This article has Open Peer Review reports available.
Adaptation of a probabilistic method (InterVA) of verbal autopsy to improve the interpretation of cause of stillbirth and neonatal death in Malawi, Nepal, and Zimbabwe
© Vergnano et al; licensee BioMed Central Ltd. 2011
Received: 18 November 2010
Accepted: 5 August 2011
Published: 5 August 2011
Verbal autopsy (VA) is a widely used method for analyzing cause of death in absence of vital registration systems. We adapted the InterVA method to extrapolate causes of death for stillbirths and neonatal deaths from verbal autopsy questionnaires, using data from Malawi, Zimbabwe, and Nepal.
We obtained 734 stillbirth and neonatal VAs from recent community studies in rural areas: 169 from Malawi, 385 from Nepal, and 180 from Zimbabwe. Initial refinement of the InterVA model was based on 100 physician-reviewed VAs from Malawi. InterVA indicators and matrix probabilities for cause of death were reviewed for clinical and epidemiological coherence by a pediatrician-researcher and an epidemiologist involved in the development of InterVA. The modified InterVA model was evaluated by comparing population-level cause-specific mortality fractions and individual agreement from two methods of interpretation (physician review and InterVA) for a further 69 VAs from Malawi, 385 from Nepal, and 180 from Zimbabwe.
Case-by-case agreement between InterVA and reviewing physician diagnoses for 69 cases from Malawi, 180 cases from Zimbabwe, and 385 cases from Nepal were 83% (kappa 0.76 (0.75 - 0.80)), 71% (kappa 0.41(0.32-0.51)), and 74% (kappa 0.63 (0.60-0.63)), respectively. The proportion of stillbirths identified as fresh or macerated by the different methods of VA interpretation was similar in all three settings. Comparing across countries, the modified InterVA method found that proportions of preterm births and deaths due to infection were higher in Zimbabwe (44%) than in Malawi (28%) or Nepal (20%).
The modified InterVA method provides plausible results for stillbirths and newborn deaths, broadly comparable to physician review but with the advantage of internal consistency. The method allows standardized cross-country comparisons and eliminates the inconsistencies of physician review in such comparisons.
Cause-specific mortality data on childhood deaths are vital to identify health needs, compare patterns of death across populations, plan and monitor interventions, and inform policy [1–3]. In high-income countries, all births and deaths are enumerated through vital registration systems, and death certification is routine. In low-income settings, most births and deaths occur at home, death certificates are rarely available, and vital registrations are often inadequate or nonexistent [2–4].
Verbal autopsies (VAs) provide an alternative means of identifying probable causes of death through interviews with a close caregiver of the deceased, in which information about the circumstances, signs, and symptoms leading to death are gathered. VAs have limitations: they require recollection of events at the time of death, rely on understanding and reporting of signs and symptoms by interviewees, and may be influenced by interviewer skills. The data must also be interpreted to establish a diagnosis . Conventionally, VA questionnaires are read by two or more physicians separately and one or more causes of death are attributed. A cause of death is established when physicians' opinions correspond; otherwise diagnosis is reconsidered and discussed with or without the input of an additional physician. If no agreement is reached, the cause of death is considered undetermined. Repeatability of this diagnostic process over time and in different settings is problematic, particularly when diagnostic criteria are not standardized amongst different clinicians [6–8]. In some situations, disagreement between physicians is such that a large proportion of causes of death remain indeterminate [7, 9]. Moreover, the method is costly, time-consuming, and requires the involvement of physicians who are an already overstretched resource in low-income countries [6, 10].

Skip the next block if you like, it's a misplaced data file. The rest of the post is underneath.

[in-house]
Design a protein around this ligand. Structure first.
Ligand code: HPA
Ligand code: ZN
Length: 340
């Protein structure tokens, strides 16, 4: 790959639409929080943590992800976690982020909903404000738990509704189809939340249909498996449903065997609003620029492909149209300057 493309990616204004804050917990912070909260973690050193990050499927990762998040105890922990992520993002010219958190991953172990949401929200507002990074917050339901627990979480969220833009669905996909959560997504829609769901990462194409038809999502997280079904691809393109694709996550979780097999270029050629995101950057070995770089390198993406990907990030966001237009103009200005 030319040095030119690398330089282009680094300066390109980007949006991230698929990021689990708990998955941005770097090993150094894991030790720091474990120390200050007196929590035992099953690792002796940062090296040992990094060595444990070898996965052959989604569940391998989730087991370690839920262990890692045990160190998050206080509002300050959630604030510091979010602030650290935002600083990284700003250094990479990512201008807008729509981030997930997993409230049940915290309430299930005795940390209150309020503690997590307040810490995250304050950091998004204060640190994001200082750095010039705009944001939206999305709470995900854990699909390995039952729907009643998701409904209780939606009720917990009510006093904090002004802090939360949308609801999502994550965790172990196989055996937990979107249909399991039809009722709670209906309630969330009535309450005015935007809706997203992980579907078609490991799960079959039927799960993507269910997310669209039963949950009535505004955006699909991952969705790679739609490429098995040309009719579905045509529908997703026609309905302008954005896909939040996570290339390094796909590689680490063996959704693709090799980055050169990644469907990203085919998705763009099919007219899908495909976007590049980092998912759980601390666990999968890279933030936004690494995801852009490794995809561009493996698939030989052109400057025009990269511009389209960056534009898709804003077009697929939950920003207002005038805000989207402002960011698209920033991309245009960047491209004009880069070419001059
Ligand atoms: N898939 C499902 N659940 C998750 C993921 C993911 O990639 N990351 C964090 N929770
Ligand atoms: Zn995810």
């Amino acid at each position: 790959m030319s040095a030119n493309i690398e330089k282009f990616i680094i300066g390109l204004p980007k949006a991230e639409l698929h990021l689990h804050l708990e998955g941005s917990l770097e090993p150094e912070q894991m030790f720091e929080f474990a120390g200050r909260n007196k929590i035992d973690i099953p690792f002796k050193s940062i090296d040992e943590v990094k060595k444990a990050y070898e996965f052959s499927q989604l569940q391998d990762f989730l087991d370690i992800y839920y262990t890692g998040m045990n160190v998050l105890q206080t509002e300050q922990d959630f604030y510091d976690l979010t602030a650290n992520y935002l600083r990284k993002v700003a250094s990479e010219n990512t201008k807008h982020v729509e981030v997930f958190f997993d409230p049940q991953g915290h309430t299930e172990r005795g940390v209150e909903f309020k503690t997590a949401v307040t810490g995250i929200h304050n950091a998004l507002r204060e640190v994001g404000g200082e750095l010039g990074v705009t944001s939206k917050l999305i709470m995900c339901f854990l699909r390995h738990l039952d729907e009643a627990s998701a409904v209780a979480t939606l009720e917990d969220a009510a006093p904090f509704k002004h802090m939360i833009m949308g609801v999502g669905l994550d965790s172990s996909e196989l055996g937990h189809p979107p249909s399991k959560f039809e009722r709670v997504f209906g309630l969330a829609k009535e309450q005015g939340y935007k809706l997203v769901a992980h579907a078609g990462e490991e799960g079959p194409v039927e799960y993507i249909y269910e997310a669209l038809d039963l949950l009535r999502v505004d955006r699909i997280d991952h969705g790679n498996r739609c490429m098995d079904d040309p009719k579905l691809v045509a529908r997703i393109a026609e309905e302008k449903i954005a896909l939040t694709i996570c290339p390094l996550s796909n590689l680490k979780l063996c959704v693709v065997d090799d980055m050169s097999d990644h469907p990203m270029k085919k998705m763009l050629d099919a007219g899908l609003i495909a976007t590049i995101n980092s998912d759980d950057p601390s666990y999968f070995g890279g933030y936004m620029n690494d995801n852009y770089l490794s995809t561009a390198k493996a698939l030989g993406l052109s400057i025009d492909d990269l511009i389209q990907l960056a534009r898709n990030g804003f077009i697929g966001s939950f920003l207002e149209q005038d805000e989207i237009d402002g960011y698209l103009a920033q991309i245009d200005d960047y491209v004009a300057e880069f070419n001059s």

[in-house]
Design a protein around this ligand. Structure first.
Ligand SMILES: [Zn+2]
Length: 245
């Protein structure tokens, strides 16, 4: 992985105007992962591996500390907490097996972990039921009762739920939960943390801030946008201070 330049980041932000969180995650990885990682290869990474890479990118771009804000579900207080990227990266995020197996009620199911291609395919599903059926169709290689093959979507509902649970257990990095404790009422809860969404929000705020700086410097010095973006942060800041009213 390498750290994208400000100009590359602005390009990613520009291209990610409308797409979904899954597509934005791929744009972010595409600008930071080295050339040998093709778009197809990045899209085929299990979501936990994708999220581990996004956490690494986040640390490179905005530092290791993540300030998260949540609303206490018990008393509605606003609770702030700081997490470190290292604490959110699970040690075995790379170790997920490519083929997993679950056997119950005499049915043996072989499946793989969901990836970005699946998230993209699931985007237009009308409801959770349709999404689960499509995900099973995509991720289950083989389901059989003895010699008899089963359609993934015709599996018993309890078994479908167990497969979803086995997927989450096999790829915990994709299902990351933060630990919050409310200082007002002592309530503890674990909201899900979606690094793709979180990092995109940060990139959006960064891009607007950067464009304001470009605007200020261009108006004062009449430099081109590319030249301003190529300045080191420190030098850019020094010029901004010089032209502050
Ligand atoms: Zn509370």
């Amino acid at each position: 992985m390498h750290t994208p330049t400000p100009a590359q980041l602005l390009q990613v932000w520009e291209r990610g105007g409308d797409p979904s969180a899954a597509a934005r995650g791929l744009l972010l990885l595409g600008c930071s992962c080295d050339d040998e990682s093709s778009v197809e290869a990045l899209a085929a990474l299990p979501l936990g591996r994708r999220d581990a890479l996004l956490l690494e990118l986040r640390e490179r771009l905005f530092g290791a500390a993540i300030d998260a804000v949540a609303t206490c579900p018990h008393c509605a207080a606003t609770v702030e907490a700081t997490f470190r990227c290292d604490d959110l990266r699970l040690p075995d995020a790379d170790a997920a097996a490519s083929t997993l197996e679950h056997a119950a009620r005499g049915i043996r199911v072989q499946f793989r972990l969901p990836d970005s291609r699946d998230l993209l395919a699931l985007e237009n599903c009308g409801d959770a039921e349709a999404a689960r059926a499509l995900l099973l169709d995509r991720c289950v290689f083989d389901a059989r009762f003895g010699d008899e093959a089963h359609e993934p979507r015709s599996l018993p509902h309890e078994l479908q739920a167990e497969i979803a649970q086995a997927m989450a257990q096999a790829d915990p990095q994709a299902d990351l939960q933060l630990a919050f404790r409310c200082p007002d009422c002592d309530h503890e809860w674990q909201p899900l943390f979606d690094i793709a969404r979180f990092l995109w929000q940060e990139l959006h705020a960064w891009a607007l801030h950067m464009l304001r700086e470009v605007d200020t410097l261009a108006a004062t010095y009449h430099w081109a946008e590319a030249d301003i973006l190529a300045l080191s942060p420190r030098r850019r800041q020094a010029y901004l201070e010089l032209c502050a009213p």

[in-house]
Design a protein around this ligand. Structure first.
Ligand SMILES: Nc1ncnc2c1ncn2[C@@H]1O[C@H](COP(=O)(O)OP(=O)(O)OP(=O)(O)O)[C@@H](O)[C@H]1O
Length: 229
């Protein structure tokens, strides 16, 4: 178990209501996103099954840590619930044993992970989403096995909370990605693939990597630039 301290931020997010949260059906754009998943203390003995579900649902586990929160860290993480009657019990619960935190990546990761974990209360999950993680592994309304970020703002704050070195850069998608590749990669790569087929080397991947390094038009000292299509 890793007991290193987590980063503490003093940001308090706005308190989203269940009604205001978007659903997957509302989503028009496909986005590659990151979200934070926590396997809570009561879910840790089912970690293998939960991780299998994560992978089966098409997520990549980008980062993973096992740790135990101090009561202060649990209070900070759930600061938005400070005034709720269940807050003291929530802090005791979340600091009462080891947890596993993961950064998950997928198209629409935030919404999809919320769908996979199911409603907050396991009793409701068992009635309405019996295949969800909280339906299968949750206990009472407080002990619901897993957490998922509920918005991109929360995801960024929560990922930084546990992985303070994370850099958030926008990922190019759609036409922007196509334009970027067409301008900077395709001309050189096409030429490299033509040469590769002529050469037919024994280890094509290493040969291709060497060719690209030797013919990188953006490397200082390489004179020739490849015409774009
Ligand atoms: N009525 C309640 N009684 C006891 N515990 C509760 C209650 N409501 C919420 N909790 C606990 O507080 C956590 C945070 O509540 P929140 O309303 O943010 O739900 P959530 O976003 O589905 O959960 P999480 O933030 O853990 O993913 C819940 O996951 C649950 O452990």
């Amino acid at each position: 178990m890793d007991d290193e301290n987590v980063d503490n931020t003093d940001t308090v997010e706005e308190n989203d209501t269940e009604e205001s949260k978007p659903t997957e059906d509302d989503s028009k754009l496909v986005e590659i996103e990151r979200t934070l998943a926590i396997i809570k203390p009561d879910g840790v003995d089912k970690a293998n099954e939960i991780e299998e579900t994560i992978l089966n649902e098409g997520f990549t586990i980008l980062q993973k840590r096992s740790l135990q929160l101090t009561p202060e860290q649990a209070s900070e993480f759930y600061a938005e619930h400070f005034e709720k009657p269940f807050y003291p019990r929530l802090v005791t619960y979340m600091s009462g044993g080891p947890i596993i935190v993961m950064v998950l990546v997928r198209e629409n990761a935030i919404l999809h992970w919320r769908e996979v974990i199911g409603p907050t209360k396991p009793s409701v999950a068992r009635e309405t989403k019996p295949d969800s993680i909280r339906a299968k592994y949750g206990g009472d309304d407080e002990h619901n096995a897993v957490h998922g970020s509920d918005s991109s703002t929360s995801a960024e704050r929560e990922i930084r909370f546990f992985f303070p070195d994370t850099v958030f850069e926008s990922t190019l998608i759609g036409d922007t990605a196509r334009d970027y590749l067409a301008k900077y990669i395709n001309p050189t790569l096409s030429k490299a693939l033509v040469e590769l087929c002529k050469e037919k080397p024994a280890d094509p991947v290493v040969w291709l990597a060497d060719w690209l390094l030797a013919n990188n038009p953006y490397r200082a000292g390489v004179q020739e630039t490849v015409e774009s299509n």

Despite these limitations, VAs are useful in estimating cause-specific mortality fractions (CSMFs) in population studies [6, 8, 11]. They have been used extensively in epidemiological studies, household surveys, and sentinel surveillance sites, and have been piloted in subsamples from sample registration systems. There remains a need to refine the technique to make it more comparable, repeatable, easy to apply, and cost-effective.
VA questionnaires devised by the WHO attempt to standardize the interview process, but more standardized approaches to interpreting VA data are needed. Hierarchical algorithms and computer programs based on logistic regression have been used, but they are difficult to standardize across cultures and age groups and can usually only identify single causes of death [12, 13]. InterVA uses a probabilistic method and has been tested in a range of settings for deaths at all ages, across sexes, and for maternal deaths [14, 15].
We describe the refinement and evaluation of InterVA to identify causes of death in the perinatal (stillbirths and neonatal deaths in the first seven days) and neonatal periods, using data from three different settings: Malawi, Zimbabwe, and Nepal.